eBay Nation Powers its Q1 Financials

eBay is proving the old adage that a multitude of friends make one truly wealthy.

In its first-quarter financial statement, the San Jose, Calif.-based online marketplace posted record profits of $200.1 million, up 92 percent over the previous year. It had record sales of $756.2 million for the first quarter ending March 31, 2004, a 59 percent increase from the previous year.

The company reported GAAP diluted earnings per share of $0.30 and pro forma diluted EPS of $0.31. It had operating income of $266.7 million, up 80 percent year over year, and pro forma operating income of $286.4 million, up 73 percent from the preceding year, both setting records and exceeding previous guidance to analysts.

Putting the numbers in perspective, eBay CEO Meg Whitman said the company’s gross merchandise sales of $8.0 billion places it roughly seventeenth of the world’s largest global retailers, while its 45.1 million active users would make it the world’s eleventh most populous nation, behind Japan and ahead of Mexico.

In a conference call, the company raised guidance on its expected GAAP earnings per diluted share, telling analysts they might be as high as $1.06 for the full year, $0.07 higher than the most recent guidance. Estimated GAAP earnings per diluted share could be as high as $0.24 in Q2-04, $0.24 in Q3-04 and $0.29 in Q4-04.

When eBay subtracts the parts of the financial picture it doesn’t like, the pro forma EPS looks even rosier. On the pro forma basis, eBay is looking for $0.26 EPS in Q2-04, $0.25 in Q3-04 and $0.31 in Q4-04. It said pro forma earnings per diluted share for the year 2004 could be as high as $1.13, $0.09 above its most recent guidance.

Consolidated net transaction revenues were $738.8 million, up 59 percent from the same quarter in 2003 from the $465.6 million reported in Q1-03. The U.S. operation contributed $326.2 million, with international net transaction revenues at $257.1 million. Payments transactions contributed by PayPal totaled $155.5 million, and the company said one out of every three online shoppers has a PayPal account, with penetration increasing in the U.S. and the UK.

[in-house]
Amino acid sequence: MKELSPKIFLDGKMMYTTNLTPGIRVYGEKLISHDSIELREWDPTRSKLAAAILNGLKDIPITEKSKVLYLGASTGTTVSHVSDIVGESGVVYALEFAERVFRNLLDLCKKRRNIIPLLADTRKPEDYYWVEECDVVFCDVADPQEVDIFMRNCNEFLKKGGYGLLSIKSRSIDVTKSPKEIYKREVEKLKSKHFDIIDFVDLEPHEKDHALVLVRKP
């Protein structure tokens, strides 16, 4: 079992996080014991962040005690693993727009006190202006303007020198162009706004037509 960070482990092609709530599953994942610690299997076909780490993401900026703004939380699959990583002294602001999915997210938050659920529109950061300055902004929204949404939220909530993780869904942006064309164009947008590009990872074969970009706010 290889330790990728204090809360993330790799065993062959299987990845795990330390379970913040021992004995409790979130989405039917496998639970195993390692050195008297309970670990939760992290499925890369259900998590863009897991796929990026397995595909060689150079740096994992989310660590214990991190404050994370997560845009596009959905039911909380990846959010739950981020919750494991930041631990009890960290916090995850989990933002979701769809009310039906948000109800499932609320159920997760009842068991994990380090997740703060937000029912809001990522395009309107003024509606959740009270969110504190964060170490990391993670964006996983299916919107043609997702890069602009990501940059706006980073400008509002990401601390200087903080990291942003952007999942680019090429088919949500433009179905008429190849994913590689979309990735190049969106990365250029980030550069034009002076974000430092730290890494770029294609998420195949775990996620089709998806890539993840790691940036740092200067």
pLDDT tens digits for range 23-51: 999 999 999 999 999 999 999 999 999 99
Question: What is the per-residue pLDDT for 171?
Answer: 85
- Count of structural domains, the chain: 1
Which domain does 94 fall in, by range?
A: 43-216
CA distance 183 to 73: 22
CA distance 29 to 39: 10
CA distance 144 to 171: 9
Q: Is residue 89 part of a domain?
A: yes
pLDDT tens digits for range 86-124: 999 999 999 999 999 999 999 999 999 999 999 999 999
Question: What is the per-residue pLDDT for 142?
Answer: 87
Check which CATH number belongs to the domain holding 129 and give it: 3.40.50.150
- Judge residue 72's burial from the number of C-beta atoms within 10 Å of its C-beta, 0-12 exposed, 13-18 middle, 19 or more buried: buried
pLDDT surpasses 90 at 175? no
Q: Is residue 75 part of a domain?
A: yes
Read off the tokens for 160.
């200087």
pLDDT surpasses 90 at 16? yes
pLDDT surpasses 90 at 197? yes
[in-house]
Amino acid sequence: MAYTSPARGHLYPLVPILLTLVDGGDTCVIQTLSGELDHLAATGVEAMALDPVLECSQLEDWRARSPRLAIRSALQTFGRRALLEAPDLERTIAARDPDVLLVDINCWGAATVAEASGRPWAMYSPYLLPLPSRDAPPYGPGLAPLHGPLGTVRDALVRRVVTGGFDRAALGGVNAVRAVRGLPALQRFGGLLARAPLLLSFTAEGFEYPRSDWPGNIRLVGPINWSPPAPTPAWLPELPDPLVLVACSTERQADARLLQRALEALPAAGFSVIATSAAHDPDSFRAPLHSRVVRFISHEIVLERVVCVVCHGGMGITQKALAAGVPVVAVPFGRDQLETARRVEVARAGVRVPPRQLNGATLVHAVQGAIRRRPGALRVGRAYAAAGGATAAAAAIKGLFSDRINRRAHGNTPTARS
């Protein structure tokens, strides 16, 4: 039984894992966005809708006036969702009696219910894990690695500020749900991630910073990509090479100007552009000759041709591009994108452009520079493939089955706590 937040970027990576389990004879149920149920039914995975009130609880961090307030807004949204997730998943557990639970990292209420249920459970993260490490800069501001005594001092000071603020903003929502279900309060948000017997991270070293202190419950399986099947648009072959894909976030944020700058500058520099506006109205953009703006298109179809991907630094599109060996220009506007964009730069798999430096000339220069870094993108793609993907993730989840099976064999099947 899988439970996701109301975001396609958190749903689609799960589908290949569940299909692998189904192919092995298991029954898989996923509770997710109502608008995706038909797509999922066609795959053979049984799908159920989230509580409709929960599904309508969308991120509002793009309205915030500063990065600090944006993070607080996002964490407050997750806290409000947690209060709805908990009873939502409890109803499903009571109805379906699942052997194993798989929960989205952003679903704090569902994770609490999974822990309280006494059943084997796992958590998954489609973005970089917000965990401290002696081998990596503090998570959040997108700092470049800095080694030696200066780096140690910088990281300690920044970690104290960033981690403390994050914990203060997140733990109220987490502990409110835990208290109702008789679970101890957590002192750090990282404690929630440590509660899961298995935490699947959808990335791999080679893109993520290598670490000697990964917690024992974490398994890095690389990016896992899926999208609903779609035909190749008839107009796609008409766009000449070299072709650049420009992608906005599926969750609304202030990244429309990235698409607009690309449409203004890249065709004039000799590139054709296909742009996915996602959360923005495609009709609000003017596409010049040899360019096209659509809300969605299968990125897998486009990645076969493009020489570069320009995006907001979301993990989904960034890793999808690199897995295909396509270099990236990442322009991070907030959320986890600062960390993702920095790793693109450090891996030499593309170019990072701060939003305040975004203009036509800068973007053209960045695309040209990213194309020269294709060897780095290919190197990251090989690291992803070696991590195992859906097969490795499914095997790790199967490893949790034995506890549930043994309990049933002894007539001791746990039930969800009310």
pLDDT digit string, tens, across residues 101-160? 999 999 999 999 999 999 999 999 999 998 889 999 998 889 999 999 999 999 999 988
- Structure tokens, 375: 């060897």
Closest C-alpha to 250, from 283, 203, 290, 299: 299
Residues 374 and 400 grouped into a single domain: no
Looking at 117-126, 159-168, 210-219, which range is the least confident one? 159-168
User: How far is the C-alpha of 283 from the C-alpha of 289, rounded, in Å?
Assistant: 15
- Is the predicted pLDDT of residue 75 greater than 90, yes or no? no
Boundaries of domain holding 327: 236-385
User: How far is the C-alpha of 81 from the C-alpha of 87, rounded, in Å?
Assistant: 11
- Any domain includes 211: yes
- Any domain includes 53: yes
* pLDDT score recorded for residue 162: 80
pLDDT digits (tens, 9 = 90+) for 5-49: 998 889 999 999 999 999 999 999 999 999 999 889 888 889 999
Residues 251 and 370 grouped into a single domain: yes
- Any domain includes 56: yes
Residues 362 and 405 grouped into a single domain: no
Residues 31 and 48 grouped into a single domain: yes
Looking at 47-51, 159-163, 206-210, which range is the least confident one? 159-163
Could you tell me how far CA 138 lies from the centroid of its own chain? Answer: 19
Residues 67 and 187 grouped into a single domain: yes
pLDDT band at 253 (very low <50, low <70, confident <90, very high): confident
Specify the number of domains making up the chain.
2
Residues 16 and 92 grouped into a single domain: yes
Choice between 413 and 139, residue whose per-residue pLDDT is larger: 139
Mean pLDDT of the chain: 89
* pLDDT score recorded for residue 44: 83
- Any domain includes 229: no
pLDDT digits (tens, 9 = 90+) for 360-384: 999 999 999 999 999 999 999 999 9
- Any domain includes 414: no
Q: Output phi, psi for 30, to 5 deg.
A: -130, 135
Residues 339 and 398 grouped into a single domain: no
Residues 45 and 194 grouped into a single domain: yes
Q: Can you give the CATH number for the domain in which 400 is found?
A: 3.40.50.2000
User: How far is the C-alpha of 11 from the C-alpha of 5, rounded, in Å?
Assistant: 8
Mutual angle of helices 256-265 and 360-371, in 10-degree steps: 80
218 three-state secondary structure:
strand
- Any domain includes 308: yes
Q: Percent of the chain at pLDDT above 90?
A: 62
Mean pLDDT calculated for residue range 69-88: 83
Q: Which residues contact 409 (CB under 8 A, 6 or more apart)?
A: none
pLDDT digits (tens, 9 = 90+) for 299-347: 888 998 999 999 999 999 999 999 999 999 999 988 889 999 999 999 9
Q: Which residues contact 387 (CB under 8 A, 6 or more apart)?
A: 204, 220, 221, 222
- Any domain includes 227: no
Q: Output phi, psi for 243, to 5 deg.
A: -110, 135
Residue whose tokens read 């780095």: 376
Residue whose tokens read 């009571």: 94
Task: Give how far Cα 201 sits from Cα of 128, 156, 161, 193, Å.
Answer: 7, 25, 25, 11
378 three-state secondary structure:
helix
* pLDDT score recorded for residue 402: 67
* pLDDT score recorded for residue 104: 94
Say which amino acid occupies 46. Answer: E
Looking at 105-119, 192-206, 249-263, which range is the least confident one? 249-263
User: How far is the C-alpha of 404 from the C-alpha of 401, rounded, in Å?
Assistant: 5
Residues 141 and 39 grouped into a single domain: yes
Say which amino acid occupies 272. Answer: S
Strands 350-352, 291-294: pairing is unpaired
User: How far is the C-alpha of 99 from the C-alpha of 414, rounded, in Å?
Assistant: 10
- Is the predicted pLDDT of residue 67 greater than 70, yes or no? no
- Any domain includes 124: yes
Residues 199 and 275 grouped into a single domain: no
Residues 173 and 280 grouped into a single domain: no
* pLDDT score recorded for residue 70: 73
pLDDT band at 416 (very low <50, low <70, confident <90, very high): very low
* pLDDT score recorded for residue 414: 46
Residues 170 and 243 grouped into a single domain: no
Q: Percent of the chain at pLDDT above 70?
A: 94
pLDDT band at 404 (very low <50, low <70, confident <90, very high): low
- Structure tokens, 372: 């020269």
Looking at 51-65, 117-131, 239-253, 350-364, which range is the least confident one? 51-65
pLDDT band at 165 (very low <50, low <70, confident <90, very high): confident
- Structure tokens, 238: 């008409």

Whitman said 2004 would be a year of investment, in new user acquisition, encouraging registered users to start buying and selling, in business infrastructure and in penetrating international markets. An example of that strategy paying off was the increase in small business transactions following an ad and marketing campaign.

The most profitable categories worldwide were eBay Motors, delivering $8.7 billion last quarter; computers, at $2.6 billion; and consumer electronics at $2.5 billion. Two new categories delivered at least $1 billion in gross merchandise sales: Cameras & Photo, at $1.2 billion, and Business & Industrial at $1.1 billion.

Whitman said that the Motors category had been constrained by a lack of inventory. The company advertised, reached out to dealers and improved search. Whitman now hopes to see acceleration in sales during the summer car-buying season.

The company now expects that consolidated net revenues for 2004 could be as high as $3.15 billion, $150 million higher than the company’s most recent guidance, thanks to PayPal and international operations.

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